Teacher Talk: Regulation not Control
There is a single right career for each one of us. A good degree from a great institute, followed by a fantastic job leads to a career graph which moves smoothly upwards. Most people follow a stable and steady-line career, which ends with a comfortable retirement.
Rubbish! So says Ben Ball in his book Assessing Your Career: Time for Change? In the real world, he points out, career paths can sometimes turn downward, and a good job doesn't always mean more money and being confused about what to do with one's career is normal. That's reassuring, because most people think they are the only ones confused about what to do next in their careers.
Ben Ball is a psychologist and has work experience in career counselling. As the director of the Career Development Unit at the University of Sussex he has published books, which is why this book has a very credible feel to it. He looks at case studies, examines career dilemmas and offers practical solutions on the art of carving out a career. Indeed, Ball makes an effort to achieve what he has set out to do: help the reader in addressing professional issues, improve work style and get a job you are good at.
In order to do so, the author has compiled exhaustive "exercises" to help analyse yourself and what you should be doing. One of the more interesting ones is the action plan he draws up for a reader and steps on planning your career (see table). Ball also encourages the reader to identify what his or her unique work values are. Does job security matter more or work that is socially useful? Do you prefer a pleasant working environment or would you rather have a job where a lot of travelling is required? Answering these innumerable questions, Ball argues, are a way of ascertaining what sort of a job would suit you the most.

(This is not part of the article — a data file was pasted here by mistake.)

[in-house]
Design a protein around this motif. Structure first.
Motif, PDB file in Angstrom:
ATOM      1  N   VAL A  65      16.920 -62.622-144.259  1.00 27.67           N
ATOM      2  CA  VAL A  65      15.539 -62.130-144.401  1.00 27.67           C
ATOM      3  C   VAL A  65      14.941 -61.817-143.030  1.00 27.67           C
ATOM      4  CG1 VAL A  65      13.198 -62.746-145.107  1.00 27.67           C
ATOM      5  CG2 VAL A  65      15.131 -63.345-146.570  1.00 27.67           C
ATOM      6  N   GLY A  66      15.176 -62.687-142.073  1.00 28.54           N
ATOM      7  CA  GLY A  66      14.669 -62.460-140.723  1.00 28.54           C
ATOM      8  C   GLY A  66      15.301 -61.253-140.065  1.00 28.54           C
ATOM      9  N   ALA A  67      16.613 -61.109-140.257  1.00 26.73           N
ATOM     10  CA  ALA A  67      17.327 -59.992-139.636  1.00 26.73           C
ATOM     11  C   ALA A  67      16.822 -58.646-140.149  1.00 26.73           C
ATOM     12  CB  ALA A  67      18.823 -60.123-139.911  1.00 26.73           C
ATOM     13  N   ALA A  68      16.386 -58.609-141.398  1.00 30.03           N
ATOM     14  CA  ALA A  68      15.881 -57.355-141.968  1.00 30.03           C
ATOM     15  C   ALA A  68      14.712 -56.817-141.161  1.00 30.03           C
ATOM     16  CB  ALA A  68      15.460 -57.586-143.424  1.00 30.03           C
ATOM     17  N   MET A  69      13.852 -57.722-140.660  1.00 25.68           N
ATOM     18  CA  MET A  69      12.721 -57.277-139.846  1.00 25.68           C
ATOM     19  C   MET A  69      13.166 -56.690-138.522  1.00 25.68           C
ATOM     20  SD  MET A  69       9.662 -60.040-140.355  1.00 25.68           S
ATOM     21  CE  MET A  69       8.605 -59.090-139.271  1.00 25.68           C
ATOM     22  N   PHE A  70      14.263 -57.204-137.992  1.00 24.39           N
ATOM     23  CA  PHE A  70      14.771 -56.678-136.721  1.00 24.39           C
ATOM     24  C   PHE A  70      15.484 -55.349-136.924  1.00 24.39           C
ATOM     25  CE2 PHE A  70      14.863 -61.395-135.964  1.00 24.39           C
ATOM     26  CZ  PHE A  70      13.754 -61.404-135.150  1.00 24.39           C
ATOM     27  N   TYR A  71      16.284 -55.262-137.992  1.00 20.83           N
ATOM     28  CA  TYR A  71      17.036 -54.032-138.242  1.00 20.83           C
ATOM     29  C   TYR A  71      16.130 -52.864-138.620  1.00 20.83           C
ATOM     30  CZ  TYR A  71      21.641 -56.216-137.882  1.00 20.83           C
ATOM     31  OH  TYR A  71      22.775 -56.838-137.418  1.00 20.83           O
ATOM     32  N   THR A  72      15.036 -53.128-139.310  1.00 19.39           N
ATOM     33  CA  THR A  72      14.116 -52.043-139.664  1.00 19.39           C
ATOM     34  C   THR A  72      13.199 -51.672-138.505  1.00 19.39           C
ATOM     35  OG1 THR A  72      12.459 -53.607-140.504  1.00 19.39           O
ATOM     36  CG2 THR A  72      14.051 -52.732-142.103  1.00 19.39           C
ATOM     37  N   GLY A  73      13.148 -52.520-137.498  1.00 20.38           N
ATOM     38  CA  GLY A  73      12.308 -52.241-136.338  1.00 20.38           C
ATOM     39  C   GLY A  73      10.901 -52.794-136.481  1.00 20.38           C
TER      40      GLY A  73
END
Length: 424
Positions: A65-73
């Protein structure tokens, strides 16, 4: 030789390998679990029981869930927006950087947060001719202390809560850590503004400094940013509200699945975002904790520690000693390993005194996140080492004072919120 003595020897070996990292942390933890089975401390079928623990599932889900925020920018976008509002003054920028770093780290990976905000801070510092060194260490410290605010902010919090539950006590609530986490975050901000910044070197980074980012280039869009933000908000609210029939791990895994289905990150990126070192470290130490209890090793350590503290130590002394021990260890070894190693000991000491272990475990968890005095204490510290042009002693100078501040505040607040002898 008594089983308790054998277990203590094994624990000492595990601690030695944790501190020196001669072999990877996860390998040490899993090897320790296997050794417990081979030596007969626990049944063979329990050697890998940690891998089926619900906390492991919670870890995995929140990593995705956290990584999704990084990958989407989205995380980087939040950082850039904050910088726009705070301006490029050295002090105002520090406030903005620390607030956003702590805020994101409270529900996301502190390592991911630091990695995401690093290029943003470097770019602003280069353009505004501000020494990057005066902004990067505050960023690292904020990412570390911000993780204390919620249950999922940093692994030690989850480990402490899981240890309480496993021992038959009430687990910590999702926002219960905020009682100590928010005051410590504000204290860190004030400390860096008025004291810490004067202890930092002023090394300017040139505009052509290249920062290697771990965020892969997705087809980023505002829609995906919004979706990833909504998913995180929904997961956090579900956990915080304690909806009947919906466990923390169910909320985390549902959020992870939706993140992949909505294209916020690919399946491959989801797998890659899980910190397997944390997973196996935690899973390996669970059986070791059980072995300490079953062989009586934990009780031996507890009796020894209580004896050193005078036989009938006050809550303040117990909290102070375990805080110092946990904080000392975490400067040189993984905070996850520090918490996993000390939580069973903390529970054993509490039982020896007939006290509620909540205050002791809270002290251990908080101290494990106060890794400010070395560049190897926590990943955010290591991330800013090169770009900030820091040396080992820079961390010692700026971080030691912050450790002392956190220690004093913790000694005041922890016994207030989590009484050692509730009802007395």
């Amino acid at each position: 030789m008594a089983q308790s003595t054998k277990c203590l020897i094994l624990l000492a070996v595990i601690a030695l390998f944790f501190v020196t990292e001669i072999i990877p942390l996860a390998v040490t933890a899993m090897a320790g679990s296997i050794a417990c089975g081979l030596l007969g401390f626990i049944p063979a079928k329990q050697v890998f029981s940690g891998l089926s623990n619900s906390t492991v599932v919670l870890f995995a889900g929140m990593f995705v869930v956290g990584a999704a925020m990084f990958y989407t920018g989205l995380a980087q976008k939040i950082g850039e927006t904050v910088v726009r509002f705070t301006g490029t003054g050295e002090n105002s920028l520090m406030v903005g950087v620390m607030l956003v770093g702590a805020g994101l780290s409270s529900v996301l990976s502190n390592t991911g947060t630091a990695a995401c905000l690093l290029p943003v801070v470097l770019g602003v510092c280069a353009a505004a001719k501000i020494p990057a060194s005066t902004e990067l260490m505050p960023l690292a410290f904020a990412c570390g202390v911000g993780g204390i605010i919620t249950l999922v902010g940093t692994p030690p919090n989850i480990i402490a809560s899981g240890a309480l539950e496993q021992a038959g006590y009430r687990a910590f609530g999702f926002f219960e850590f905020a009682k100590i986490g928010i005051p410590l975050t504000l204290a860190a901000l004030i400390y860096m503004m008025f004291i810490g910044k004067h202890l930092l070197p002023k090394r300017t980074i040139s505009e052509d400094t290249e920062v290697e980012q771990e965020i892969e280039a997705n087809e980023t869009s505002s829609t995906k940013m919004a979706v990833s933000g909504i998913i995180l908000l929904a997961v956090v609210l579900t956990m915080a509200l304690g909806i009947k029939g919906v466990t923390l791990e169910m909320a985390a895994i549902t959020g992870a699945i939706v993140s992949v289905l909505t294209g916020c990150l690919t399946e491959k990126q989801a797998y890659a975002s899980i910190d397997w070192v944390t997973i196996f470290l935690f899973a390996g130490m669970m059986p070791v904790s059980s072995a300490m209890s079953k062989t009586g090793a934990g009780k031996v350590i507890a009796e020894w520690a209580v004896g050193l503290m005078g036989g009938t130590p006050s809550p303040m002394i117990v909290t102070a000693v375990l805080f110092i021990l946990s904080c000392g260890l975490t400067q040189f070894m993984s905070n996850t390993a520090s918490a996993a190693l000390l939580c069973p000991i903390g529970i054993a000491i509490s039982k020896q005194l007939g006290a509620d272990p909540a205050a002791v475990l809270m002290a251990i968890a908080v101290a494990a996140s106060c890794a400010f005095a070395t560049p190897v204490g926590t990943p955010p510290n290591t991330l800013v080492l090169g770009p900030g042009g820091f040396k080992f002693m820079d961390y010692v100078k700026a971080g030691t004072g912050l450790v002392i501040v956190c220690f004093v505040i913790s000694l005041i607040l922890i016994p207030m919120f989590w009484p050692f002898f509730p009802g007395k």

A useful chapter is What your Employer Can Do for You and answers the simple question: why should your employer be concerned with your career development? The author gives plausible advice on how to involve your employer in your personal development.
Well-researched and with case studies to illustrate real problems, the book is quite handy in figuring out your careers issues. The dense academic language can be a handicap at times. There are some things however, which one doesn't need to be told. For example, "As recent research shows, the more 'decided' we can be about our overall career direction, the more likely we are to be successful in our search for work." But sometimes we need to be told what needs to be and this book does just that